Popular hunt club building burns

Published 11:00 am Wednesday, February 21, 2018

By John Edwards

Times Editor

An Isle of Wight cultural icon was destroyed by fire early Friday.

The Isle of Wight Hunt Club building, which in addition to deer hunters has hosted church picnics, family reunions, graduating high school classes and many other groups for more than 65 years, caught fire from an unknown cause at about midnight Thursday. 

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Peter Frank Crocker lives about a half mile from it across a field. He said he received a call from a motorist shortly after midnight alerting him to the fire. Crocker said he had been standing in the yard talking with an acquaintance at about 11 p.m. and there was nothing out of the ordinary visible across the field. When the motorist called, he looked out to see flames shooting from the building. 

“I could sure see what was happening then,” he said. {mprestriction ids=”1,2,3,4,5,6″}

Firefighters from Windsor and Smithfield responded and by then, the building’s roof had collapsed. Windsor Fire Captain Dale Scott said the firefighters extinguished the worst of the fire within about 20 minutes, but spent several hours extinguishing smaller blazes. At midday Friday, smoke and a small amount of flame could still be seen in one burned-out corner. All that remained were the building’s cinderblock walls.

The cause of the fire was unknown, but Crocker suspects a faulty hot water heater, which was located in the back corner of the building where the fire appeared to have originated.

Crocker’s father built the first section of the hunt club building in about 1952 at the edge of a wooded area on his farm, Crocker said. Today, it is owned by Crocker and his brother, James Edward.

Crocker, who is 76, said the hunt club and the clubhouse have been a part of his life ever since he was a child.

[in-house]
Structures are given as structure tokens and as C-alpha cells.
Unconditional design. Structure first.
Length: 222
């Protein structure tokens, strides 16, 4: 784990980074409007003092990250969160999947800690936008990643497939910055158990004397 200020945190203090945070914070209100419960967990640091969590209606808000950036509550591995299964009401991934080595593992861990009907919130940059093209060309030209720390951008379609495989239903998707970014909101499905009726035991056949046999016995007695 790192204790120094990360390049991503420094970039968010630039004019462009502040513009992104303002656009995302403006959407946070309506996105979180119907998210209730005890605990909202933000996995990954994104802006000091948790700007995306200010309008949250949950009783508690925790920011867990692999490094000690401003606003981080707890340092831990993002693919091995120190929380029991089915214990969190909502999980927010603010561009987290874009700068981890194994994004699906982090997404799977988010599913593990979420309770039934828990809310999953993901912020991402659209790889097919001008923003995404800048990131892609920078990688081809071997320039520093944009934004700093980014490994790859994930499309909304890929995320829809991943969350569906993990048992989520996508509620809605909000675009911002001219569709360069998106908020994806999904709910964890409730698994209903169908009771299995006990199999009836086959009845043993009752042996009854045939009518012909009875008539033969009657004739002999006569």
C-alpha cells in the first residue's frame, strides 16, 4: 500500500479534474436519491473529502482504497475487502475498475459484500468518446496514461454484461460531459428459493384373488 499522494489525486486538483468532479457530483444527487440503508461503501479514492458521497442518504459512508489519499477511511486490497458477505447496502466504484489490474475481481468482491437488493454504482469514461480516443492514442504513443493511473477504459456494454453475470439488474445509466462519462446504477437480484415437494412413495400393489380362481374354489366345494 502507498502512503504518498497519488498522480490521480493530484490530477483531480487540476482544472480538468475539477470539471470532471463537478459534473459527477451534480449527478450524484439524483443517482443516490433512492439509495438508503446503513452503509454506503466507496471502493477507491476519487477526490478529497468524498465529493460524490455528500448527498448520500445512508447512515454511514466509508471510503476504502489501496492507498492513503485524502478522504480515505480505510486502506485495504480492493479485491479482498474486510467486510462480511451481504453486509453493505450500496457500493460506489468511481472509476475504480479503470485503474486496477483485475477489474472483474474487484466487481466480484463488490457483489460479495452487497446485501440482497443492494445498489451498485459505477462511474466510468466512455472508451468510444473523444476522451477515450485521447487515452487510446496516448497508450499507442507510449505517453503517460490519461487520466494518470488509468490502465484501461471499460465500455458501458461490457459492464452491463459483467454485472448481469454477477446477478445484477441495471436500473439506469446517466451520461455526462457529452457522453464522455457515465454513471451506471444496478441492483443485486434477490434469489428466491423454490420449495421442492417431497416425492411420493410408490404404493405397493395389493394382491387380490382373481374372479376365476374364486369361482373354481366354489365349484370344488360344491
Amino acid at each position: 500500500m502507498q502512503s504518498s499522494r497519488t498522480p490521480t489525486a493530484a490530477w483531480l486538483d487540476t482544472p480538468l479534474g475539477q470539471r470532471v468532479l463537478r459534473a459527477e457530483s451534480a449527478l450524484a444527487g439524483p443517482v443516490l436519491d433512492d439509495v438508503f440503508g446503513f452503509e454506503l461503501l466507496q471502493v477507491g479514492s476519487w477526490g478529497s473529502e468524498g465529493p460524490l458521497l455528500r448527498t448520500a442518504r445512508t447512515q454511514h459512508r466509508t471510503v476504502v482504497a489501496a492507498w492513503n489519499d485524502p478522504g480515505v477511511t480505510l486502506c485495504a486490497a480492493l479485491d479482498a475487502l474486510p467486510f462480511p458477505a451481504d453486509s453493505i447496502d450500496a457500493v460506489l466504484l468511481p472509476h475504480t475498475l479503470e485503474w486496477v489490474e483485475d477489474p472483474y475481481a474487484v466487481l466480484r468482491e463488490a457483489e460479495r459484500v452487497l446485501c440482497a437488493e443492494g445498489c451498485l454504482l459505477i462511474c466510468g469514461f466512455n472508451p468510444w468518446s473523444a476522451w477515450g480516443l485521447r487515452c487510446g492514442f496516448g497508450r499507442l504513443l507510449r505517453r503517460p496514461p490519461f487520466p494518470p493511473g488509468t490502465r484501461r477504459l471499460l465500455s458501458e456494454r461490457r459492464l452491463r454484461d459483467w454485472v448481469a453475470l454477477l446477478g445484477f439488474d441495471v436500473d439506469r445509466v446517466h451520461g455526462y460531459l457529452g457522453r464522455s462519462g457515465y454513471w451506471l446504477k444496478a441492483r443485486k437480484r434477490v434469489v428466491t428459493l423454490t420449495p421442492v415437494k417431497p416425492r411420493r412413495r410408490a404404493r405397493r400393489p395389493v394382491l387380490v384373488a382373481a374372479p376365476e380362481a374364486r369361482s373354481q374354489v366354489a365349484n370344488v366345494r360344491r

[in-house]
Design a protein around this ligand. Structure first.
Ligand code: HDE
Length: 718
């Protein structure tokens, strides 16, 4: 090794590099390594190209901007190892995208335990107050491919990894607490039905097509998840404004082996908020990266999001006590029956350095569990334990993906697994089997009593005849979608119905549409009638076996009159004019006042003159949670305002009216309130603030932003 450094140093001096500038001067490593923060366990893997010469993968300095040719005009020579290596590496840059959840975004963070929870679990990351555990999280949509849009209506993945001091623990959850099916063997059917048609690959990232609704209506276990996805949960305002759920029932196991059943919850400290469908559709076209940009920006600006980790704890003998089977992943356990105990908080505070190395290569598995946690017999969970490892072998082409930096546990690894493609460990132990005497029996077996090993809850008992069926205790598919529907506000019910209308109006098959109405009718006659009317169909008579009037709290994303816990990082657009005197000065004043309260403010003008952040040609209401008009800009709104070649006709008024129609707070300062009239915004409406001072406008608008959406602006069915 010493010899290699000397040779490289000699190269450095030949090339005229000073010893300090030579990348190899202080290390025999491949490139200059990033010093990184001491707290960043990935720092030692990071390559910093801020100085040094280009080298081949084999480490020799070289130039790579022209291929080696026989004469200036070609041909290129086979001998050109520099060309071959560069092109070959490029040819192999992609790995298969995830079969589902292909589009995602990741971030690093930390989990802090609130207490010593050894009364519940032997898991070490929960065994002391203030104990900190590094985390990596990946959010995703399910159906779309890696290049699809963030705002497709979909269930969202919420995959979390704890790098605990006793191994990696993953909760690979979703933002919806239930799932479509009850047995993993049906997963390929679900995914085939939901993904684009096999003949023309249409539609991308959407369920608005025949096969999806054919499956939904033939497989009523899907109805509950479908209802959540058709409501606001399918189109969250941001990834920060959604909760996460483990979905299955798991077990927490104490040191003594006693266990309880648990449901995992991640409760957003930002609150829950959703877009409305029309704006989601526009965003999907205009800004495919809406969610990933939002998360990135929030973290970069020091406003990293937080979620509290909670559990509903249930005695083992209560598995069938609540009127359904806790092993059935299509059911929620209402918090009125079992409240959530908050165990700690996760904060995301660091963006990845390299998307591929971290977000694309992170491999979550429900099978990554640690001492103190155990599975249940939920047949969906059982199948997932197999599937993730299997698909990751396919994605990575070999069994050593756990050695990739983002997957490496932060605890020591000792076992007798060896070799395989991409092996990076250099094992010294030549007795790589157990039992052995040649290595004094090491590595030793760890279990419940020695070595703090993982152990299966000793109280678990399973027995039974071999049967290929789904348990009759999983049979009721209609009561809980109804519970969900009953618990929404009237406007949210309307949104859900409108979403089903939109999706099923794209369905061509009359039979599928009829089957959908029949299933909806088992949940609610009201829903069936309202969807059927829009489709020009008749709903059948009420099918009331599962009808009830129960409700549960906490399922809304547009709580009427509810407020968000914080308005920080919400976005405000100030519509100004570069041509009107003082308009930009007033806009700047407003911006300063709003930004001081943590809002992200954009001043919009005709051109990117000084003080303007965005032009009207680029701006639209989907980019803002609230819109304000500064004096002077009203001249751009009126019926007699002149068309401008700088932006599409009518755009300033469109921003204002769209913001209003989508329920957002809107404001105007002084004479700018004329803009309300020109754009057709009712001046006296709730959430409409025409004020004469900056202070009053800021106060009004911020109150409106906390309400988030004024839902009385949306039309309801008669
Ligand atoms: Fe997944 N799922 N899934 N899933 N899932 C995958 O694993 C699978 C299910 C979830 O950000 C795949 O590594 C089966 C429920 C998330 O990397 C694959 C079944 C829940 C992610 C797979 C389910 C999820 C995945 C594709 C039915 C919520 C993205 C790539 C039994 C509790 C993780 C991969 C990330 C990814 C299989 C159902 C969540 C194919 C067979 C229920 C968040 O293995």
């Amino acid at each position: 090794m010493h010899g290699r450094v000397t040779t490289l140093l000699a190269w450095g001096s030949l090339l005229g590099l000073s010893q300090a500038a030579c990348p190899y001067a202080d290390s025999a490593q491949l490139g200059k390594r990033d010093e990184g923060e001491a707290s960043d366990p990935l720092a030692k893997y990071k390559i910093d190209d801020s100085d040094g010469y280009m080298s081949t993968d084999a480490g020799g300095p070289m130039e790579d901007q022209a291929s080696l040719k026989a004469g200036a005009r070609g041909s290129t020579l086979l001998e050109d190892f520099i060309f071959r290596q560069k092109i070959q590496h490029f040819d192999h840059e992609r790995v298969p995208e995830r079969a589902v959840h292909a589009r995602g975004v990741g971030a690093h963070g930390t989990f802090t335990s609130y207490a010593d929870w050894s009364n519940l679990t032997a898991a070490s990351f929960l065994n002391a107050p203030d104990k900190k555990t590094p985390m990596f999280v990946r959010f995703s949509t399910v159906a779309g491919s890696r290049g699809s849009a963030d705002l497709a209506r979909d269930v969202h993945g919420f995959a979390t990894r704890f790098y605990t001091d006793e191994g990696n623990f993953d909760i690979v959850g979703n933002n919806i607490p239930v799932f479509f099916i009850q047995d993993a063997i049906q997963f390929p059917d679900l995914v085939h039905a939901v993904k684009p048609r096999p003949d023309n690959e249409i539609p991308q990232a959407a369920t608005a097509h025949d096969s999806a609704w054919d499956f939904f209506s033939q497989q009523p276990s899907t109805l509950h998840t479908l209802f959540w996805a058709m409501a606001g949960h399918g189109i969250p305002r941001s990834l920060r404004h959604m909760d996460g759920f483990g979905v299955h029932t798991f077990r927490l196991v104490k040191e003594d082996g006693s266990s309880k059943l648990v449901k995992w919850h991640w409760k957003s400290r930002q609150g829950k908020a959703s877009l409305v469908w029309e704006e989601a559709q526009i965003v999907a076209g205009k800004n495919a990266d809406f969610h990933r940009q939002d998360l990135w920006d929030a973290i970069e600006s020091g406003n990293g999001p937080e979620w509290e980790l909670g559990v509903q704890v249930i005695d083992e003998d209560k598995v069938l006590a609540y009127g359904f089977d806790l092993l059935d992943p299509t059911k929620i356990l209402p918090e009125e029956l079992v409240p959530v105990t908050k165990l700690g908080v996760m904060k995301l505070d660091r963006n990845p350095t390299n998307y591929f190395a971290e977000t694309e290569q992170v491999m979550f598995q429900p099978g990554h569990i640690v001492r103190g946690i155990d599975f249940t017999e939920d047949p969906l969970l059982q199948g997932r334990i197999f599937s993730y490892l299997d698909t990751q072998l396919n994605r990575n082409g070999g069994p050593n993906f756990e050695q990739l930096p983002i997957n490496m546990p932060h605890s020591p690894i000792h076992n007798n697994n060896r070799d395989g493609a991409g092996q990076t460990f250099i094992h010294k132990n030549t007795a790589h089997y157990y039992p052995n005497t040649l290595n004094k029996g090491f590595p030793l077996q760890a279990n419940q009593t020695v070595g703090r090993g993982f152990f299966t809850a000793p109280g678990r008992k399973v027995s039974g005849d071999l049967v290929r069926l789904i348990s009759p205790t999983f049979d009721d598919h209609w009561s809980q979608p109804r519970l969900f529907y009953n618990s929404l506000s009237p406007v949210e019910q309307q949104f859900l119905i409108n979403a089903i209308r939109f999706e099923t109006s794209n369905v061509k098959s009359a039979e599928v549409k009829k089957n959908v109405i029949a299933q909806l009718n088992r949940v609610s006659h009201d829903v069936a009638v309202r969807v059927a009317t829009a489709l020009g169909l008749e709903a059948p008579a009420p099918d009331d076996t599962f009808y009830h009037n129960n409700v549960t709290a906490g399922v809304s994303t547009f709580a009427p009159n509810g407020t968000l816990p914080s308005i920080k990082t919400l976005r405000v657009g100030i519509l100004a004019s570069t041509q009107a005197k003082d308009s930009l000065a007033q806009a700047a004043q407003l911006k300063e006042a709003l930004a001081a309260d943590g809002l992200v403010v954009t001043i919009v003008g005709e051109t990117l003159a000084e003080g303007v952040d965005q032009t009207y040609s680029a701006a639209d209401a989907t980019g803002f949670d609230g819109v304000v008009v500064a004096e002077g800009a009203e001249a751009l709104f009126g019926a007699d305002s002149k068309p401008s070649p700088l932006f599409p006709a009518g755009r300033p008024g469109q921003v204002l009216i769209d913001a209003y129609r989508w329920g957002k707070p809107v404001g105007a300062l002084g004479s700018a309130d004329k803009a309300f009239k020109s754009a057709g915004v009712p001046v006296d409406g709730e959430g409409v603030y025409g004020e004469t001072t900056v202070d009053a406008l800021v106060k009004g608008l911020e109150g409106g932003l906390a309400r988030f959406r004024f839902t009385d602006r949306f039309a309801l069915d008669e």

“It’s the only club I belong to,” he said.

The Crockers regularly allow churches to hold Sunday school picnics at the building. Other groups, including graduating classes from Eastern Virginia Medical School, trek to the country for a relaxed gathering in the rural setting that includes a farm pond and adjacent fields and pasture.

Crocker said he and his brother will rebuild the clubhouse.

“It will still be the Isle of Wight Hunt Club,” he said.

What they can’t replace, and what Crocker considers the greatest loss, is a large collection of photographs of county hunters from the 1950s era. Photographs of deer hunters including his father, as well as John Jenkins, Tom Dashiell, Jerry Stallings, Bernard Gale and many others stood as reminders of the club’s early roots. Most of the the photographs were taken with deer they had killed while hunting with the club. Many of those photos, Crocker said, were one of a kind and thus irreplaceable.

Oyster roast is on

The Isle of Wight Hunt Club is famous for oyster roasts, which it hosts several times a year to raise funds for the club. There is one scheduled this Saturday, Feb. 24, and club members said it will be held despite the fire. While the building was destroyed, an adjacent shelter was not damaged and it’s the focal point for the roasts.  {/mprestriction}